With the fine weather we have had this last couple of weeks, it was a joy to be able to sit out in the garden and card the fleece, plus all the little bits that are caught in the fleece just fell on the garden instead, so less clearing up!!

Then this last week has been spent spinning it up.  As I spin quite thin, I decided a three ply would give me the worsted Aran weight yarn I was after.  I worked out that three bobbins, holding between them around 300m of single ply yarn, then plyed together, meant that over a km of yarn passed through my fingers last week.  No wonder they were feeling nice and smooth!

On to the knitting now.  It is beautiful to knit, having seen the process all the way through from fleece to final article, a real sense of pride, as well as the yarn being lovely to knit anyway!

A second installment will follow once it is all finished.






I have been doing a little felting lately.  Well, to be more specific I have been nuno felting.  This means I have been finding sheer fabric and wet felting directly onto the fabric.  This gives more strength to the felt, but also acts as a lining when making a bag.  This first bag was using some pink and green checked material, and then using pink and green merino felt to wet felt onto it.  Add in some dyed Wensleydale wool, and hand made button, and we have a shoulder bag/pouch.

My second lot of felting was done on a slightly smaller scale, to create an iPod/Smart phone cozy.  A mohair spiral was incorporated into it, and a little needle felting to add a little interest on the flap.  Felt is such a brilliant medium for protecting preccious things like a phone.  Soft, cushioning, and this one is rather bohemian looking!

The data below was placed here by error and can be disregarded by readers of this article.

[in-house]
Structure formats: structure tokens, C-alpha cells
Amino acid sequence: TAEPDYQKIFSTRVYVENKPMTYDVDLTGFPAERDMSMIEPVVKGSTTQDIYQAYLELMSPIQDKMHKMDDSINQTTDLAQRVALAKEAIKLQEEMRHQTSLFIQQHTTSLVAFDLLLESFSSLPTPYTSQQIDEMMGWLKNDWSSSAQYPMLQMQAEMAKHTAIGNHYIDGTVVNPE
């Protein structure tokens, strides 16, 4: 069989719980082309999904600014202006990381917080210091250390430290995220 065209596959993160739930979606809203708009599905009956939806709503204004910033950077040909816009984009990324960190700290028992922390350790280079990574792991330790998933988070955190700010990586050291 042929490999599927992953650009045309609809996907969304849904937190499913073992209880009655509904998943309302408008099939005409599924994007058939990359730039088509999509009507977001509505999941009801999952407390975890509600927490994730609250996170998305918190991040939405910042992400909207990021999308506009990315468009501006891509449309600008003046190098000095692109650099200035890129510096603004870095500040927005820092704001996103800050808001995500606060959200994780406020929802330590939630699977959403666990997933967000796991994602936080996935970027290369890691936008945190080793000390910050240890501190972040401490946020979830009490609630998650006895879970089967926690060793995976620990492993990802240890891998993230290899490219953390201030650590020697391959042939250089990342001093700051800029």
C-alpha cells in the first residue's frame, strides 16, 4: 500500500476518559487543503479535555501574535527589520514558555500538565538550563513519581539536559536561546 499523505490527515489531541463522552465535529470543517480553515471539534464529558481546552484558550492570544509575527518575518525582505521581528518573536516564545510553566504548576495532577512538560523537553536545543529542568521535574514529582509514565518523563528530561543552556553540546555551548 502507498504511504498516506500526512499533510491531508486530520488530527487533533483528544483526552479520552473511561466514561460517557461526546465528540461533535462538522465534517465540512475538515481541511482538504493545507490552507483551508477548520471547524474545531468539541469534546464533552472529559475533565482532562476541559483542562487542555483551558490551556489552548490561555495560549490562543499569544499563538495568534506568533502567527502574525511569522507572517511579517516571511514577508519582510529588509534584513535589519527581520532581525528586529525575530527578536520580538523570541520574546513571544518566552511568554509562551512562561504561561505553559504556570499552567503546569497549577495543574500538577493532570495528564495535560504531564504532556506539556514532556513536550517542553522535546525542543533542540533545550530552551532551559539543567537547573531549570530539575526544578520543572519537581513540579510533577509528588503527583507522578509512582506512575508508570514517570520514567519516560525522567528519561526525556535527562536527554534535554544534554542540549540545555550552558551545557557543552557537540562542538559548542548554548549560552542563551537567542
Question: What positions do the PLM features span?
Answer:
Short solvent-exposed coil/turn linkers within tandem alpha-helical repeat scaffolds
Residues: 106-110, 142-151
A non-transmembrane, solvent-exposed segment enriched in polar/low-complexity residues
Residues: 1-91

I love combining the colours, and setting out designs, along with the surprise when you have finished felting, as you never really know how it is going to turn out.

Both are now for sale in the Aisling Designs Etsy shop.


The next generation

Today was a busy day.  I spent it in the company of around 90 year 3 children at my son’s school. They are doing a topic of farming, and I had offered to go in and show them the journey that wool takes from the sheep to yarn and beyond.  Of course I couldn’t take photos whilst there, and I was far too busy anyway!  But here is my own next generation doing a spot of carding earlier in the year.

At school we looked at what fibres could be spun, including silk, cotton, flax, angorra, and alpaca and of course wool.  I had some sample of some of these and passed them around.

We looked at raw fleece, felt the lanolin in it, and the children insisted on smelling it too!  We thought about the process the fleece goes through, from washing, carding and spinning, to dyeing and being made into a product of some kind.

To get them thinking about what spinning does, they first had some newspaper cut up into similar lengths to a lock of fleece.  How could they string these together only using their hands and the paper.  All of the groups asked if they could lick it!  Only a couple of children out of the 90 figured out the twisting of it (and one of those was my own son, who kind of knew anyway!)

There was just enough time for some of the children to have a go at carding and spinning, and they kept their spun wool as a memento of the day.

There were some interesting questions, and some interesting ideas.  It was absolutely exhausting, but the response from the children was fantastic.  I just wish I had enough time for them all to have a go.